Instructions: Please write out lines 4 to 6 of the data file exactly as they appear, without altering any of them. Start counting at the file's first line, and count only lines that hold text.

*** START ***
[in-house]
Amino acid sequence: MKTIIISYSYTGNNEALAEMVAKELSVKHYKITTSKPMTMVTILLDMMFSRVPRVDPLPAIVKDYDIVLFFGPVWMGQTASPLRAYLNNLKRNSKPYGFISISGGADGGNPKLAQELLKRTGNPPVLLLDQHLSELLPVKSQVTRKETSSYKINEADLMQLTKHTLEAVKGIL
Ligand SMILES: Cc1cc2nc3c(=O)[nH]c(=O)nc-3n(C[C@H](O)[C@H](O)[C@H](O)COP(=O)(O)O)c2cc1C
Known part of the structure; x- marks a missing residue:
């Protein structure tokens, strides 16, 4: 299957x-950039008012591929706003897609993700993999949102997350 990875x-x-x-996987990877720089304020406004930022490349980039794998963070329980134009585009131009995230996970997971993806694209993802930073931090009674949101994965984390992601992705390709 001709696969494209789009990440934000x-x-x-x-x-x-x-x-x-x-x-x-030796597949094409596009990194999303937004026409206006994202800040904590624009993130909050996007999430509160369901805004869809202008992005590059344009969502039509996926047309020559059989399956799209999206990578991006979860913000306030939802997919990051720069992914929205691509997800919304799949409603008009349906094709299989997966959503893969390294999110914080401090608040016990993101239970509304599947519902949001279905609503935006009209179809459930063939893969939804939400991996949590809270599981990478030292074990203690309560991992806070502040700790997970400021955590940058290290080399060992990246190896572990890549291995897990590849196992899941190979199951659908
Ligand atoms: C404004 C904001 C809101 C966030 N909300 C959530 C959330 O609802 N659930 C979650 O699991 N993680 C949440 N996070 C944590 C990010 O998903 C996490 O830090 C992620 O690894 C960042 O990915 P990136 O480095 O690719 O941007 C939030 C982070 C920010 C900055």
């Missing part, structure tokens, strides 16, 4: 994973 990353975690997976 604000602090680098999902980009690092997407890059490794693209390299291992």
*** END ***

Known part of the structure; x- marks a missing residue:
């Protein structure tokens, strides 16, 4: 299957x-950039008012591929706003897609993700993999949102997350 990875x-x-x-996987990877720089304020406004930022490349980039794998963070329980134009585009131009995230996970997971993806694209993802930073931090009674949101994965984390992601992705390709 001709696969494209789009990440934000x-x-x-x-x-x-x-x-x-x-x-x-030796597949094409596009990194999303937004026409206006994202800040904590624009993130909050996007999430509160369901805004869809202008992005590059344009969502039509996926047309020559059989399956799209999206990578991006979860913000306030939802997919990051720069992914929205691509997800919304799949409603008009349906094709299989997966959503893969390294999110914080401090608040016990993101239970509304599947519902949001279905609503935006009209179809459930063939893969939804939400991996949590809270599981990478030292074990203690309560991992806070502040700790997970400021955590940058290290080399060992990246190896572990890549291995897990590849196992899941190979199951659908
Ligand atoms: C404004 C904001 C809101 C966030 N909300 C959530 C959330 O609802 N659930 C979650 O699991 N993680 C949440 N996070 C944590 C990010 O998903 C996490 O830090 C992620 O690894 C960042 O990915 P990136 O480095 O690719 O941007 C939030 C982070 C920010 C900055």